Amazon garnered big headlines this summer when stories began to crop up on the company’s plan to disrupt ticketing in the U.S., even leading to a small dip in Live Nation’s share price.
But after a mostly unsuccessful year trying to get its U.S. ticketing platform off the ground, Amazon officials are largely abandoning the effort, Amplify has learned. The failure to get a deal with Ticketmaster, coupled with the limited opportunities for the company due to Ticketmaster’s venue contracts and exclusivity model, have Amazon quietly shutting down parts of the effort.
According to our sources, the company is no longer pursuing ticketing deals, although many believe Amazon could re-enter the market if conditions change. A spokesperson for Amazon told Amplify the company had no comment for this story.
In the United Kingdom, Amazon Tickets is still operational and selling tickets for Hyde Park, the O2 and Royal Albert Hall. The U.K., and much of Europe, utilizes an open distribution model for ticketing where promoters allocate tickets to multiple sales platforms and companies to assist with selling tickets. In the U.S., though, companies like Ticketmaster, AXS, Ticketfly and See Tickets adhere to an exclusivity system where ticketers pay big upfront fees to venues for the rights to exclusively sell tickets to customers.
That’s made it very difficult for Amazon to use its size and scale to pressure Ticketmaster into working with the online retail giant. As I reported in Billboard in August, Amazon was considering a plan that would slash service fees in exchange for an annual membership, possibly as part of its popular Prime offering.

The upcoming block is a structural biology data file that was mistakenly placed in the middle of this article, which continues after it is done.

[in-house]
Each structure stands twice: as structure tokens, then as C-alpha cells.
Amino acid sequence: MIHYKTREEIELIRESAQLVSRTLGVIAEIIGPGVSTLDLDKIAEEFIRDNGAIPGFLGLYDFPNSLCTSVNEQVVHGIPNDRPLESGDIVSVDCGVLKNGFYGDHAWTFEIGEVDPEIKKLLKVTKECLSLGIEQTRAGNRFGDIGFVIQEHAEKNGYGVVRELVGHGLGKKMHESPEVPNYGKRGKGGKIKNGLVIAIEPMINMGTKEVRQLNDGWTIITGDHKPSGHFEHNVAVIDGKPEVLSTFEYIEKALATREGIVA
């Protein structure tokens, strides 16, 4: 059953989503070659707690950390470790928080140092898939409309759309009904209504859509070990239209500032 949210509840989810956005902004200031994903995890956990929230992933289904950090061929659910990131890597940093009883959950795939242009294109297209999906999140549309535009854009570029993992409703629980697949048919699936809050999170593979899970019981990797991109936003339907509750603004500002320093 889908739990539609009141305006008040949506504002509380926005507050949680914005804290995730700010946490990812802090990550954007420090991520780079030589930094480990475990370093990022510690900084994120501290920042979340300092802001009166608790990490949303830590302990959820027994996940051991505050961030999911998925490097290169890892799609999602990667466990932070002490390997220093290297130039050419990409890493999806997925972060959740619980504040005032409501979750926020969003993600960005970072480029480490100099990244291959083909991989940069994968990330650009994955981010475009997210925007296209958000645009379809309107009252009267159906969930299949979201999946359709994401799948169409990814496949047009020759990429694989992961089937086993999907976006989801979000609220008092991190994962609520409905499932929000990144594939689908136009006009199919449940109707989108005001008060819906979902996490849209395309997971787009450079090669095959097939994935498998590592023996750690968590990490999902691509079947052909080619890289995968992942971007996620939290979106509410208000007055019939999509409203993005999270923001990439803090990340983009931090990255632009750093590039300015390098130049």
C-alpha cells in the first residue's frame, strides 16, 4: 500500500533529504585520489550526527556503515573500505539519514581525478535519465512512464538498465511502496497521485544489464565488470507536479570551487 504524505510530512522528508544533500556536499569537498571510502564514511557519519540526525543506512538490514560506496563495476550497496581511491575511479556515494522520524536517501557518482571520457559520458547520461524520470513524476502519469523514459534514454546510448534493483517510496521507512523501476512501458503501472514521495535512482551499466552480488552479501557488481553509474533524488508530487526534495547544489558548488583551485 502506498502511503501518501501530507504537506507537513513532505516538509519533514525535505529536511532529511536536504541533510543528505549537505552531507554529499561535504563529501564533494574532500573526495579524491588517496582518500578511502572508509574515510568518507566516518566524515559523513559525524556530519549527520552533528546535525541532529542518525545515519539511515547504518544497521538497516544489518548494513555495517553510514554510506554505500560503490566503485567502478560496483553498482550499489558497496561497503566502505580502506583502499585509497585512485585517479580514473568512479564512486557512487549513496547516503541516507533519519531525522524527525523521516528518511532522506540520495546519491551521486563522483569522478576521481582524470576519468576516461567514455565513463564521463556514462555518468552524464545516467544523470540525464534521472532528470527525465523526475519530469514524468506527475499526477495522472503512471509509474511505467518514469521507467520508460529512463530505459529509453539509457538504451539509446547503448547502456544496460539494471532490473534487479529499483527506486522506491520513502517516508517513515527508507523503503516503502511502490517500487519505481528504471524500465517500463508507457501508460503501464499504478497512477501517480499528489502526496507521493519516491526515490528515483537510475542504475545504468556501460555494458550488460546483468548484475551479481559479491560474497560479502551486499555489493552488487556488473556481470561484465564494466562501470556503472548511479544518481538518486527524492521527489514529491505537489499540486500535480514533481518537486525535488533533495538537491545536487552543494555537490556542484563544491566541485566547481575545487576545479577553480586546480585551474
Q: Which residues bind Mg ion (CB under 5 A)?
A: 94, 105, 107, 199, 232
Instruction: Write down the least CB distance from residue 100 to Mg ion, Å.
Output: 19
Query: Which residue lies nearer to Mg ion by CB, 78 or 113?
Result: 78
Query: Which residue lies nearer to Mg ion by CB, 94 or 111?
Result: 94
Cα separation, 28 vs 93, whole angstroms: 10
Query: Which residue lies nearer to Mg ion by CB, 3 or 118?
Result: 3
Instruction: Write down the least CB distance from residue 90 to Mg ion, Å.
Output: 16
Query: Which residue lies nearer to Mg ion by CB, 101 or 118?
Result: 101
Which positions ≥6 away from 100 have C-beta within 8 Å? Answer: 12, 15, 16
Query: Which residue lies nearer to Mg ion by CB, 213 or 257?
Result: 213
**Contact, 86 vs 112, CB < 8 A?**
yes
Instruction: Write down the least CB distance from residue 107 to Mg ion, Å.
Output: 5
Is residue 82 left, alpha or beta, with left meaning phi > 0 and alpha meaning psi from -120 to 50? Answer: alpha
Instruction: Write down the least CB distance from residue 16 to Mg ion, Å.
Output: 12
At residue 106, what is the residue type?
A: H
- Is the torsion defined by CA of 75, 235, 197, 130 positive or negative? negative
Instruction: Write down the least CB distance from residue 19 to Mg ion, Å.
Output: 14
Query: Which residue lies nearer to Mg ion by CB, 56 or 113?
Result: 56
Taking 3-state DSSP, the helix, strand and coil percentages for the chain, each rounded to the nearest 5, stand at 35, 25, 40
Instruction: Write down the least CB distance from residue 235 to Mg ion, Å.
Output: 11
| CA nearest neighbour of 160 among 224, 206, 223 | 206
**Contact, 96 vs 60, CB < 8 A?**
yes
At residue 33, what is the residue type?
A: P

“This has always been about doing deals with all [ticketing] platforms to pull inventory and help content owners allocate tickets,” one source familiar with Amazon’s efforts told me in August. “It’s not about building a box-office software suite.”
Ticketmaster’s response — thanks, but we don’t need your help. Sources tell Amplify that TM was interested in partnering with Amazon to sell distressed inventory and other slow-selling seats — similar to arrangements it had with partners like Groupon and Gametime — but did not need help selling tickets for hot shows like Beyonce, U2 and Coldplay. That offer was less interesting to Amazon — company officials wanted to be able to offer Prime customers deals on the best tickets, not shows that were selling slowly.
Couple that with resistance by Amazon to sharing information on its massive customer base — it’s estimated that 85 million people are Prime members — and the recent exits of top executives Geraldine Wilson, Amazon UK’s GM of tickets, and Jason Carter, Amazon Prime live events director, and it proved impossible to get a deal done.
“If Amazon wants to come into the market, then they will have to negotiate directly with artists, venues and sports teams,” Macquarie analyst Amy Yong told me in August. “Beyond that, I’m not sure what they could add to an already-frictionless experience.”
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